[Marxism] Rosa Luxemburg's legacy lives on

Patrick Bond pbond at mail.ngo.za
Mon Jan 20 22:52:37 MST 2014

100th anniversary of «The Accumulation of Capital: A Contribution to an 
Economic Explanation of Imperialism»

An international conference on the permanent importance of Rosa 
Luxemburg's major work taking place 7-9 March 2014.

A hundred years since the first Berlin edition of "The Accumulation of 
Capital: A Contribution to an Economic Explanation of Imperialism," no 
one needs a commemorative address to introduce the work. The work is 
still being referenced by scholars, writers and people all around the 
world who fight for democracy and justice; for a life of dignity, 
solidarity and ecological responsibility; and for socialism. Its 
continued prominence is a tribute to its author, her academic 
methodology and the topicality of the questions she posed, yet also 
demonstrates a corresponding weakness in the modern Left, particularly 
among socialists.

Rosa Luxemburg, one of the most fascinating characters in the struggle 
for freedom in equality, radically criticised capitalism's social 
relations and capital accumulation, and fought equally radically against 
the resulting outcomes of human oppression and natural destruction. 
After her murder on 15 January 1919 by her political enemies, her legacy 
lived on, as it still does today: both her writings and the political, 
scholarly and cultural interest she inspires. It continues to educate, 
to motivate political engagement and to foment communication and 

As a player among the institutions of the Democratic Left, the Rosa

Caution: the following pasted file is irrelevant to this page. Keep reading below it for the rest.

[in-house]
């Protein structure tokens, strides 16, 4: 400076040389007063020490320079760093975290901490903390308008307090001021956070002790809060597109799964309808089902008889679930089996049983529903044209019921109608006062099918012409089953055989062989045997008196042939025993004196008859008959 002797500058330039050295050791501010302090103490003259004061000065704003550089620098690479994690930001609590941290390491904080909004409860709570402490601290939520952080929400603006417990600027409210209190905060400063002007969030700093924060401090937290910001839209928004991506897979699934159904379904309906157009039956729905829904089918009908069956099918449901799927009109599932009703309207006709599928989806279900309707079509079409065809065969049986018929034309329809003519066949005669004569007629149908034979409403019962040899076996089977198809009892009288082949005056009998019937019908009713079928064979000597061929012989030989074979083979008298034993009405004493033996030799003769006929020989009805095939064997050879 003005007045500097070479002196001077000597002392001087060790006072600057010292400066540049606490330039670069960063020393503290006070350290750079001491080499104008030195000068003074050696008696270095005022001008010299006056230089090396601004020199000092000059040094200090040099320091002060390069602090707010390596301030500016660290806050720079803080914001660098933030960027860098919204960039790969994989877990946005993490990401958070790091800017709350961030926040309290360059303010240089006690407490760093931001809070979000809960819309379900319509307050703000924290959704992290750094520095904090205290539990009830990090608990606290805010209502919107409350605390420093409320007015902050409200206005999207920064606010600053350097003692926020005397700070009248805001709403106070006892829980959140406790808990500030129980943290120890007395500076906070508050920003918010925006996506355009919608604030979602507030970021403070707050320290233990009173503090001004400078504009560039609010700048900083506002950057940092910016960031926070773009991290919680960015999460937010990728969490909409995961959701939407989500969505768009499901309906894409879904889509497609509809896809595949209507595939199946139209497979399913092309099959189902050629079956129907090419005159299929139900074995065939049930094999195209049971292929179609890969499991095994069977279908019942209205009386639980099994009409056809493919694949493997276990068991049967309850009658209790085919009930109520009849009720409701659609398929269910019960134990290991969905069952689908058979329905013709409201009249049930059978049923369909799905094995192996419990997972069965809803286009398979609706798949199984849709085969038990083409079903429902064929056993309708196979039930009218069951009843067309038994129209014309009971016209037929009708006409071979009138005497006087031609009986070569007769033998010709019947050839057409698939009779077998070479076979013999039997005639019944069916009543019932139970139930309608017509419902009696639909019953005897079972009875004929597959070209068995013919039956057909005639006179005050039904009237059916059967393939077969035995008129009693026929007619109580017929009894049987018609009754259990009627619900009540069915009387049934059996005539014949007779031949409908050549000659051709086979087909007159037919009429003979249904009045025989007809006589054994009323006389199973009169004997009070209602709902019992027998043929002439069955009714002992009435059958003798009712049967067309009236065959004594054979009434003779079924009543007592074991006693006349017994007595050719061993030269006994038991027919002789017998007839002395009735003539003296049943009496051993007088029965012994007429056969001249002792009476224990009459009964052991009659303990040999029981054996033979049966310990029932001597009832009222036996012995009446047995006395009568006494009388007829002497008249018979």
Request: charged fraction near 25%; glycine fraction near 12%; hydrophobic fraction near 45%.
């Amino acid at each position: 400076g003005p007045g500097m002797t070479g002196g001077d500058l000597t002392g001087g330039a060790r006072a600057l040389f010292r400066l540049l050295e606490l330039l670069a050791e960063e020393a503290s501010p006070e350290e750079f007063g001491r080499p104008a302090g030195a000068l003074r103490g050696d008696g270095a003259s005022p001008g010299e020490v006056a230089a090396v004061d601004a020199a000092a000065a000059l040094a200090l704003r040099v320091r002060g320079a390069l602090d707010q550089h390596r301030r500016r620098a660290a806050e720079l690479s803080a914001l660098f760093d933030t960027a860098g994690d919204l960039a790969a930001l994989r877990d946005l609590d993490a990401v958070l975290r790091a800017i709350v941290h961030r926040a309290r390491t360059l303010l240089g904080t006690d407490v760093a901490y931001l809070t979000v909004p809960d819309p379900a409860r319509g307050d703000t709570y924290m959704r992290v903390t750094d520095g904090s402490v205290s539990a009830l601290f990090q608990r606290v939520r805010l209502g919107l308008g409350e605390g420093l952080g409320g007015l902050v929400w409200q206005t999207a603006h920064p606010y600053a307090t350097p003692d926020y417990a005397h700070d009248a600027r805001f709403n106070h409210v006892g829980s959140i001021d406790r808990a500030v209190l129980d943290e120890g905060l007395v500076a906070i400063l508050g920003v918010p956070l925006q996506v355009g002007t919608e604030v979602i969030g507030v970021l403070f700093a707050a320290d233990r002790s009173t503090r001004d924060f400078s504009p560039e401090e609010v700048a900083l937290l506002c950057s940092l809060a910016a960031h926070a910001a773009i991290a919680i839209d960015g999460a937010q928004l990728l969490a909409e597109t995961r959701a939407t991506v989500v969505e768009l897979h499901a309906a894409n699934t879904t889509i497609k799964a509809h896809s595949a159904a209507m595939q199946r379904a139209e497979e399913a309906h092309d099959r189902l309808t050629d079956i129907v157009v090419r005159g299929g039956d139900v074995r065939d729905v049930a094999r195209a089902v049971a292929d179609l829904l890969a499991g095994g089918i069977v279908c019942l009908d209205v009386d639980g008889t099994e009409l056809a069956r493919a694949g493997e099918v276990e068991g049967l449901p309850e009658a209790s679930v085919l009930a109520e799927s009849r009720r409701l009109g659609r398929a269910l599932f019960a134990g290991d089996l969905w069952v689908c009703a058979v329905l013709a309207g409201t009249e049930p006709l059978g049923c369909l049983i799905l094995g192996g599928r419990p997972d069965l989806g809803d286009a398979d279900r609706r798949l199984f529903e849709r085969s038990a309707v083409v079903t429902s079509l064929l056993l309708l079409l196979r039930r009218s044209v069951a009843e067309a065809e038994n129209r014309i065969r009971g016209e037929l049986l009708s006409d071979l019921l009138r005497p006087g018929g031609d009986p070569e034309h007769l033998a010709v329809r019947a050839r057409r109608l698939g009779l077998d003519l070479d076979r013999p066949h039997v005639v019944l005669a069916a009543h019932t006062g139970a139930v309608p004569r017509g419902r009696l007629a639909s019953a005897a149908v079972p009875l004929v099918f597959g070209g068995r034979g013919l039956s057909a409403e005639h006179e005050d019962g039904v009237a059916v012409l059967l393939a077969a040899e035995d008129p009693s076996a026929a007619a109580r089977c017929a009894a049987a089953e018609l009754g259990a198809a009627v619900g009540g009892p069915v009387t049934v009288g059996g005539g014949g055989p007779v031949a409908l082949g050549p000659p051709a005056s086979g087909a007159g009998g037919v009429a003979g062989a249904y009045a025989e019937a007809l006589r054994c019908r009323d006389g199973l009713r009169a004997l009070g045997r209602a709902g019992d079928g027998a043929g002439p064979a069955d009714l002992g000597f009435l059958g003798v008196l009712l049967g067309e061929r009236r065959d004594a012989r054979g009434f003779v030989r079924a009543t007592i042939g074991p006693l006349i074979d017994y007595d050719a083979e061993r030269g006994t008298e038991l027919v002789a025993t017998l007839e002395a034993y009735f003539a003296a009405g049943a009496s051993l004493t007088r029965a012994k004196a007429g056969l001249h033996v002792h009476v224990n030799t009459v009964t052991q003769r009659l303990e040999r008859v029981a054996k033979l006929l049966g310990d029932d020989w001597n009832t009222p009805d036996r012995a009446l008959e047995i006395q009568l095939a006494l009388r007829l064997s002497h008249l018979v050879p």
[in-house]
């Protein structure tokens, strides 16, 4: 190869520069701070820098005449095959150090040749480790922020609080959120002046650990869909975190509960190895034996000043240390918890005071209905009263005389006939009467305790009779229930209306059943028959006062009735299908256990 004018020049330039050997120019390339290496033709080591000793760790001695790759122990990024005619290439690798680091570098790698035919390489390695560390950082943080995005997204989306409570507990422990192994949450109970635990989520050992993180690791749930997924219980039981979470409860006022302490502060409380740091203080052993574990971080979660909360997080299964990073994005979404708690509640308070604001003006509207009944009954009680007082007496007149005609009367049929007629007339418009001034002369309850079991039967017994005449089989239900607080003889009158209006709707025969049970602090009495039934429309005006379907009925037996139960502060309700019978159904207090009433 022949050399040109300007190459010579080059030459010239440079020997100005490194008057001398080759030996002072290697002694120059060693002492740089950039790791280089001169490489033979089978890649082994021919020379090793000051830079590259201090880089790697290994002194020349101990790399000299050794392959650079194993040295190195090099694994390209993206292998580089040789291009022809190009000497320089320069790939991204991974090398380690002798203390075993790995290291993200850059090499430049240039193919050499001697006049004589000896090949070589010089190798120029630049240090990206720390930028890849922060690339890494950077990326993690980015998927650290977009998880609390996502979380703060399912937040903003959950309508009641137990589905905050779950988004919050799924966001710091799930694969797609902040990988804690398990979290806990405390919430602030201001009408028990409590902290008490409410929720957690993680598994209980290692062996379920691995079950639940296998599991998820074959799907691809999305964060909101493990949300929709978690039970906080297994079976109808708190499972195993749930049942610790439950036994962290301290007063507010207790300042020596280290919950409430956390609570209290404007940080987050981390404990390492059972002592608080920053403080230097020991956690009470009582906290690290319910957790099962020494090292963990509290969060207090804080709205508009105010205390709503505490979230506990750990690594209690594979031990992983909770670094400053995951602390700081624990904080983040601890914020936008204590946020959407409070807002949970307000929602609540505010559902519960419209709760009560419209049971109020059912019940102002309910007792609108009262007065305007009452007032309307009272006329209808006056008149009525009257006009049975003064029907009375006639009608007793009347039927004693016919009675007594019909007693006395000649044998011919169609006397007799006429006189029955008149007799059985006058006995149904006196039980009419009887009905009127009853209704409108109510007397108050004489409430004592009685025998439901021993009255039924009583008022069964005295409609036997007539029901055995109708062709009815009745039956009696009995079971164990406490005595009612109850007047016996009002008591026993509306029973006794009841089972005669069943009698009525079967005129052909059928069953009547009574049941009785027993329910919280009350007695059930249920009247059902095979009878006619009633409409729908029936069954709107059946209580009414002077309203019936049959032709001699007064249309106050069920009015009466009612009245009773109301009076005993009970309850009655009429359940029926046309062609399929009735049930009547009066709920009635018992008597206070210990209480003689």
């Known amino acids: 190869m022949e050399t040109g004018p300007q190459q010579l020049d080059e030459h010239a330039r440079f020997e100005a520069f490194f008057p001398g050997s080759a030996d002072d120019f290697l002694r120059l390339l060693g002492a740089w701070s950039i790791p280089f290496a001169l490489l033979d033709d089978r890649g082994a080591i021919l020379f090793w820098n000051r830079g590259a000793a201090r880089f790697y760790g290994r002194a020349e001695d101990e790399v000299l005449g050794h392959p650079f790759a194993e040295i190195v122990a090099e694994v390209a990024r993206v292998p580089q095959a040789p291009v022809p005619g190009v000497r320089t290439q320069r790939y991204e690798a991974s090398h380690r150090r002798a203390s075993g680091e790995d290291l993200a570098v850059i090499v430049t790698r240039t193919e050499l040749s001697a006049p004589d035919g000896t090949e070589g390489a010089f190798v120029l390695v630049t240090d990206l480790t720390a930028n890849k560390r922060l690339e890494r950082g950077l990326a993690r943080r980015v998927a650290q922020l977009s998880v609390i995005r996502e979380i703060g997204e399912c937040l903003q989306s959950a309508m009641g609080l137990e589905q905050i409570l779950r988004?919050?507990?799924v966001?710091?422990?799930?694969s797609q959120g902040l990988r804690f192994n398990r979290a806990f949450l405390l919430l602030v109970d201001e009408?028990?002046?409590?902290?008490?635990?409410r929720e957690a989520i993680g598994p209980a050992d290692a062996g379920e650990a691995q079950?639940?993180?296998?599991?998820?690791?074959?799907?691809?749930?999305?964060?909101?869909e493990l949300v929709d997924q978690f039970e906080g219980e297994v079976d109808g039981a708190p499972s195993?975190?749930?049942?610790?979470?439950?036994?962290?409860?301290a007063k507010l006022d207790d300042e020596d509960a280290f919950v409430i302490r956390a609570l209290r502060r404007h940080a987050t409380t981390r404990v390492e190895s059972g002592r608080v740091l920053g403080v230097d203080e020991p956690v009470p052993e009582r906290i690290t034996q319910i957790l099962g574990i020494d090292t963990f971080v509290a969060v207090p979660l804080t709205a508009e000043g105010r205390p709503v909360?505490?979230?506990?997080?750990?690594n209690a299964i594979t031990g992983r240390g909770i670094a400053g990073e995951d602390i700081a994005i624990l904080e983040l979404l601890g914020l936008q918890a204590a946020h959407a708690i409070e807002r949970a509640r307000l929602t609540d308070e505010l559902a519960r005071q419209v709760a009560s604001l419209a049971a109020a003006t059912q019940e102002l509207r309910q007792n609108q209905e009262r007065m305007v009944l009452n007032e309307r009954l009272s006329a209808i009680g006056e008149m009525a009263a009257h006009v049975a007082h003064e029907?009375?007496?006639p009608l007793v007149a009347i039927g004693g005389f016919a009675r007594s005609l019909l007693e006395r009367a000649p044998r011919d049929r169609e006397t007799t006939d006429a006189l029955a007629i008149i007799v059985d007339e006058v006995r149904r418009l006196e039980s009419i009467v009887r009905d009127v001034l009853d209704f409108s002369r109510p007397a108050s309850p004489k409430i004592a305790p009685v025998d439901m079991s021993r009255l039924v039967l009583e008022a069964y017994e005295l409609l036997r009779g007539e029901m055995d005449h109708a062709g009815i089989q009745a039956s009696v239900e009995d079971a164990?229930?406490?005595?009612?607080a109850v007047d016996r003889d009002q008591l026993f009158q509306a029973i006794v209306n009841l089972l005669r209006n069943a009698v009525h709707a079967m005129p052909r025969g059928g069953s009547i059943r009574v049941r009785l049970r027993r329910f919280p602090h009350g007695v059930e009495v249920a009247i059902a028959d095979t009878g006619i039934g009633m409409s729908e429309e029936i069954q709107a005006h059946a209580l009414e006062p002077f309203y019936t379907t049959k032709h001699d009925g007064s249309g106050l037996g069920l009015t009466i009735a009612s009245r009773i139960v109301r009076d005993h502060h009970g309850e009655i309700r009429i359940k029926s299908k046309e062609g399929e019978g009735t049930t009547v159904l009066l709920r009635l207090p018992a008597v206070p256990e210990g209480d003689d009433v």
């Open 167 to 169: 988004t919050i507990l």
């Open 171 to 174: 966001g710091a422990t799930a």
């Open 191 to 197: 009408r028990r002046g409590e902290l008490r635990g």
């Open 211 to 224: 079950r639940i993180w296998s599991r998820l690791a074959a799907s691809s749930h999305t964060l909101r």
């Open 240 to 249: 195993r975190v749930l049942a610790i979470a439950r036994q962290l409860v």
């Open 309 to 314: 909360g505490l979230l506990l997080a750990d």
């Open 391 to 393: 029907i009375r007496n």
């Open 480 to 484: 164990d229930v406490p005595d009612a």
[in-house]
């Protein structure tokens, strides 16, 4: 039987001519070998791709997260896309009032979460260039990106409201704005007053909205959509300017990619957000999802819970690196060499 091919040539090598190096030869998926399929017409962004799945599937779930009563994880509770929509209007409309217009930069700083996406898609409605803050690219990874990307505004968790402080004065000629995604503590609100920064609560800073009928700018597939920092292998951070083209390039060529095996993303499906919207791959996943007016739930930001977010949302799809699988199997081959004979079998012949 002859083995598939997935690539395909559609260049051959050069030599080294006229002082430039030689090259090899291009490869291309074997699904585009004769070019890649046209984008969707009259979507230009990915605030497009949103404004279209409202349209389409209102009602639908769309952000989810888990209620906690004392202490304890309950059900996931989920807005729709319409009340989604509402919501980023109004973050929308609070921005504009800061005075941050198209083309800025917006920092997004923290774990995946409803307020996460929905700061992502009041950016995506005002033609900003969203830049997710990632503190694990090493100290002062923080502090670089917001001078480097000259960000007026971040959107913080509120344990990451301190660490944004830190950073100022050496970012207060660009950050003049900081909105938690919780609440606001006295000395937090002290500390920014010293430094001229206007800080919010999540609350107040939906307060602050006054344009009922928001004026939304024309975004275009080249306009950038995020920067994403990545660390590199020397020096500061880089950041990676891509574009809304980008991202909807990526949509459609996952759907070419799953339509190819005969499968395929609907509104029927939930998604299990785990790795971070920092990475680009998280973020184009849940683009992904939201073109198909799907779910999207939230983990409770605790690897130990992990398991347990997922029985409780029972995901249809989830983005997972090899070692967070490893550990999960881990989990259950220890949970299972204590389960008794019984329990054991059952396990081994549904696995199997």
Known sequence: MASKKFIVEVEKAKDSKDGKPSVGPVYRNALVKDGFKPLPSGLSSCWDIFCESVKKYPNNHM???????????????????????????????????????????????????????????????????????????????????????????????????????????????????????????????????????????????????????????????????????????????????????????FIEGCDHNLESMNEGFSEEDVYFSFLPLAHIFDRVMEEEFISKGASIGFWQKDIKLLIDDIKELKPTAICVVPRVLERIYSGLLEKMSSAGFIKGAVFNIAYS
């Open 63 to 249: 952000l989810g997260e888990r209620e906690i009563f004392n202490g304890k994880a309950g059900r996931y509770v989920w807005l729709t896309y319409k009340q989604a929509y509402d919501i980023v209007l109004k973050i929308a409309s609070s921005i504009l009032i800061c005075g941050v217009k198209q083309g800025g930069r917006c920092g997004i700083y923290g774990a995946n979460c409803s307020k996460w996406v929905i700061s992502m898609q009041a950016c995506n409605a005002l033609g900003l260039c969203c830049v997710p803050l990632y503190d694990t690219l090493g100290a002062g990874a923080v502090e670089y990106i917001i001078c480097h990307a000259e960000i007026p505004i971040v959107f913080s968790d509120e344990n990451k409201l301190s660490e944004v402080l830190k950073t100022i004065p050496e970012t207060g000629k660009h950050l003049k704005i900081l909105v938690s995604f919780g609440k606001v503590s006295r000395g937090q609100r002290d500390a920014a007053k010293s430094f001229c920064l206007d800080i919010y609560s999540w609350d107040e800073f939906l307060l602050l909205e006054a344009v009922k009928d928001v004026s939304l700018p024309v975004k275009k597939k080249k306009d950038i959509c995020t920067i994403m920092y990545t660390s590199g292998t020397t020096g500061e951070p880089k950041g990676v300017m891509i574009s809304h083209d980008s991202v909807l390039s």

Luxemburg Foundation takes responsibility for promoting political 
education, networking those critical of capitalism, and uniting 
strengths between and across national boundaries for the sake of 
emancipation and solidarity. The foundation sees the centennial of its 
namesake's publication first of all as an opportunity to use Luxemburg's 
work to initiate discussion about today's globalised (financial) capital 
accumulation, the economy's increasing financialisation and the main 
players involved – modern oligarchies of capital. Second, it is relevant 
to examine how the debate on land grabbing has been or may be used to 
support efforts for a social and ecological transformation by local and 
regional EU, European and global movements/alliances against social and 
ecological destruction. Third, we ask what lessons can be learned from 
the fact that a concept subject to critique is promoted as theoretical, 
political insight. In this connection methodical and methodological 
questions are of highest interest, especially the work using mathematic 

The five theses below endeavour to explain the questions more clearly 
and invite a continued exchange of ideas:

Rosa Luxemburg saw the rise and development of capitalist production 
methods as a production of violence; as expansion, conquering, 
annihilation and violent upheaval of social milieus; and as a form of 
socialisation that ostracises people socially and destroys progressive, 
natural and social living conditions.
Her concept of "land grabbing," which ties the complete implementation 
of newly created added value to the existence and conquering of 
precapitalist socio-economic milieus, must be viewed critically and can 
be adjusted. Such critique is necessary to explain the accumulation of 
capital in view of the capital relationships that have since arisen. It 
is possible to adjust the theory because Luxemburg studied the basic 
relationships of capitalist production methods in their historical 
development, revealing the players in the accumulation process along 
with their interests and behaviour. Thus she demonstrated why members of 
society who produce and circulate added value can also be interested in 
the development of productive forces under freedom in equality.
Luxemburg's "land grabbing" can be interpreted as resource procurement, 
exploitation of new opportunities such as spaces for utilising tangible 
capital and as the securing of societal or socio-political preconditions